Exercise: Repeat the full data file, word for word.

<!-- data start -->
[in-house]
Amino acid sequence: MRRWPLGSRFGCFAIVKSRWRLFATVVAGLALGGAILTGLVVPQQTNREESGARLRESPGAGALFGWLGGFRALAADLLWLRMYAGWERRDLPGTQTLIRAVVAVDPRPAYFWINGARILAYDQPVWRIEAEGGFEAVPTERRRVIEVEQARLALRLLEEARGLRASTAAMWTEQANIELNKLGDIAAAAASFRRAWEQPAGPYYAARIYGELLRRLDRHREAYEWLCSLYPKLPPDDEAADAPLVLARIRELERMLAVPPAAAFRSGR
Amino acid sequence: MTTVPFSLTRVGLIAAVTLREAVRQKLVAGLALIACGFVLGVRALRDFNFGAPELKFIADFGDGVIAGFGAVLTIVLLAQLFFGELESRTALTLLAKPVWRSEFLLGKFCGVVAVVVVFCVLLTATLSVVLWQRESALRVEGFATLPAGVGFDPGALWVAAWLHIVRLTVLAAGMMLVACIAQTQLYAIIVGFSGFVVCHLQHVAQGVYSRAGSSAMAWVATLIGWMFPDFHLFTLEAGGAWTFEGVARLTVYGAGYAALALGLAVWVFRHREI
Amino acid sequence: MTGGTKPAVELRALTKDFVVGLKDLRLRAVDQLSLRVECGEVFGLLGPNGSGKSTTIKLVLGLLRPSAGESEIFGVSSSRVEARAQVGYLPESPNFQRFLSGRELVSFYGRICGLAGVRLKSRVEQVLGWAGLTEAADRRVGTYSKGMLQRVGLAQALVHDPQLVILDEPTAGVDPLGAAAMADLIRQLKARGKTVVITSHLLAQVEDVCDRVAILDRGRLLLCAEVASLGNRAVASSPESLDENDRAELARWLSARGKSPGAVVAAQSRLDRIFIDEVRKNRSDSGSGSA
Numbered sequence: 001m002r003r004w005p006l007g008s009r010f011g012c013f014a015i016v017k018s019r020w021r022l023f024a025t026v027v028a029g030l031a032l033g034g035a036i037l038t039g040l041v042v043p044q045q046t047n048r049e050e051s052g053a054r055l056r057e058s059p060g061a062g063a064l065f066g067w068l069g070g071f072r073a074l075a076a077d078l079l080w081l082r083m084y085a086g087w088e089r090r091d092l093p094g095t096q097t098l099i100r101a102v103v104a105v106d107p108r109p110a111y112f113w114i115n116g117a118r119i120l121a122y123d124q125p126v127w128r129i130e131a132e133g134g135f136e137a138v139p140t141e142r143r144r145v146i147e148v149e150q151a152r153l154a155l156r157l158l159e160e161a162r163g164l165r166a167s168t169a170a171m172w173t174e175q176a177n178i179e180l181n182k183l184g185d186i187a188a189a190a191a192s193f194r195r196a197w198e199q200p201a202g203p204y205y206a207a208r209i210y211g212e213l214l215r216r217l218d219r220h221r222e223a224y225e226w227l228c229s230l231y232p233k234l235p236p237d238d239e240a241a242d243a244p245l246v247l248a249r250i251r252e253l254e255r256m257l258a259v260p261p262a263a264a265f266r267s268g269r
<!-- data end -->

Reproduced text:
[in-house]
Amino acid sequence: MRRWPLGSRFGCFAIVKSRWRLFATVVAGLALGGAILTGLVVPQQTNREESGARLRESPGAGALFGWLGGFRALAADLLWLRMYAGWERRDLPGTQTLIRAVVAVDPRPAYFWINGARILAYDQPVWRIEAEGGFEAVPTERRRVIEVEQARLALRLLEEARGLRASTAAMWTEQANIELNKLGDIAAAAASFRRAWEQPAGPYYAARIYGELLRRLDRHREAYEWLCSLYPKLPPDDEAADAPLVLARIRELERMLAVPPAAAFRSGR
Amino acid sequence: MTTVPFSLTRVGLIAAVTLREAVRQKLVAGLALIACGFVLGVRALRDFNFGAPELKFIADFGDGVIAGFGAVLTIVLLAQLFFGELESRTALTLLAKPVWRSEFLLGKFCGVVAVVVVFCVLLTATLSVVLWQRESALRVEGFATLPAGVGFDPGALWVAAWLHIVRLTVLAAGMMLVACIAQTQLYAIIVGFSGFVVCHLQHVAQGVYSRAGSSAMAWVATLIGWMFPDFHLFTLEAGGAWTFEGVARLTVYGAGYAALALGLAVWVFRHREI
Amino acid sequence: MTGGTKPAVELRALTKDFVVGLKDLRLRAVDQLSLRVECGEVFGLLGPNGSGKSTTIKLVLGLLRPSAGESEIFGVSSSRVEARAQVGYLPESPNFQRFLSGRELVSFYGRICGLAGVRLKSRVEQVLGWAGLTEAADRRVGTYSKGMLQRVGLAQALVHDPQLVILDEPTAGVDPLGAAAMADLIRQLKARGKTVVITSHLLAQVEDVCDRVAILDRGRLLLCAEVASLGNRAVASSPESLDENDRAELARWLSARGKSPGAVVAAQSRLDRIFIDEVRKNRSDSGSGSA
Numbered sequence: 001m002r003r004w005p006l007g008s009r010f011g012c013f014a015i016v017k018s019r020w021r022l023f024a025t026v027v028a029g030l031a032l033g034g035a036i037l038t039g040l041v042v043p044q045q046t047n048r049e050e051s052g053a054r055l056r057e058s059p060g061a062g063a064l065f066g067w068l069g070g071f072r073a074l075a076a077d078l079l080w081l082r083m084y085a086g087w088e089r090r091d092l093p094g095t096q097t098l099i100r101a102v103v104a105v106d107p108r109p110a111y112f113w114i115n116g117a118r119i120l121a122y123d124q125p126v127w128r129i130e131a132e133g134g135f136e137a138v139p140t141e142r143r144r145v146i147e148v149e150q151a152r153l154a155l156r157l158l159e160e161a162r163g164l165r166a167s168t169a170a171m172w173t174e175q176a177n178i179e180l181n182k183l184g185d186i187a188a189a190a191a192s193f194r195r196a197w198e199q200p201a202g203p204y205y206a207a208r209i210y211g212e213l214l215r216r217l218d219r220h221r222e223a224y225e226w227l228c229s230l231y232p233k234l235p236p237d238d239e240a241a242d243a244p245l246v247l248a249r250i251r252e253l254e255r256m257l258a259v260p261p262a263a264a265f266r267s268g269r